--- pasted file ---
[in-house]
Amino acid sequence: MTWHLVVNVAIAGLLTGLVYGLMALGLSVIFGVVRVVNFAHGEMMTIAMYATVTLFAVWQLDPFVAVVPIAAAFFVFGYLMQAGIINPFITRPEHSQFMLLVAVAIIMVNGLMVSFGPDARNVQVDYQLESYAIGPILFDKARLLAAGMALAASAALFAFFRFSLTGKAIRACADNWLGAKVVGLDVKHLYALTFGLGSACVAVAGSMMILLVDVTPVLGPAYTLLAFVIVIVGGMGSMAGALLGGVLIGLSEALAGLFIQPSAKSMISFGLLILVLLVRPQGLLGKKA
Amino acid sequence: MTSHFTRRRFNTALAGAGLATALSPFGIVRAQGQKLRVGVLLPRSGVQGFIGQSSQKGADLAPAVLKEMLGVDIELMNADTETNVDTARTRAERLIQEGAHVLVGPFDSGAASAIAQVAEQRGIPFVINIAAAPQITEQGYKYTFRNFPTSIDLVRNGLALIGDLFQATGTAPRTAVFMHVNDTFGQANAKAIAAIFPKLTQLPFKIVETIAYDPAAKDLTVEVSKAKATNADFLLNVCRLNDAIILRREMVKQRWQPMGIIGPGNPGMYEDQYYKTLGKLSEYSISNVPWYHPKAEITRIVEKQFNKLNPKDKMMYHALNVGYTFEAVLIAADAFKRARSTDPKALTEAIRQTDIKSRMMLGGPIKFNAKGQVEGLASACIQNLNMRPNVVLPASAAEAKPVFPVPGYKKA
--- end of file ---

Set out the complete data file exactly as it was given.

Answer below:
[in-house]
Amino acid sequence: MTWHLVVNVAIAGLLTGLVYGLMALGLSVIFGVVRVVNFAHGEMMTIAMYATVTLFAVWQLDPFVAVVPIAAAFFVFGYLMQAGIINPFITRPEHSQFMLLVAVAIIMVNGLMVSFGPDARNVQVDYQLESYAIGPILFDKARLLAAGMALAASAALFAFFRFSLTGKAIRACADNWLGAKVVGLDVKHLYALTFGLGSACVAVAGSMMILLVDVTPVLGPAYTLLAFVIVIVGGMGSMAGALLGGVLIGLSEALAGLFIQPSAKSMISFGLLILVLLVRPQGLLGKKA
Amino acid sequence: MTSHFTRRRFNTALAGAGLATALSPFGIVRAQGQKLRVGVLLPRSGVQGFIGQSSQKGADLAPAVLKEMLGVDIELMNADTETNVDTARTRAERLIQEGAHVLVGPFDSGAASAIAQVAEQRGIPFVINIAAAPQITEQGYKYTFRNFPTSIDLVRNGLALIGDLFQATGTAPRTAVFMHVNDTFGQANAKAIAAIFPKLTQLPFKIVETIAYDPAAKDLTVEVSKAKATNADFLLNVCRLNDAIILRREMVKQRWQPMGIIGPGNPGMYEDQYYKTLGKLSEYSISNVPWYHPKAEITRIVEKQFNKLNPKDKMMYHALNVGYTFEAVLIAADAFKRARSTDPKALTEAIRQTDIKSRMMLGGPIKFNAKGQVEGLASACIQNLNMRPNVVLPASAAEAKPVFPVPGYKKA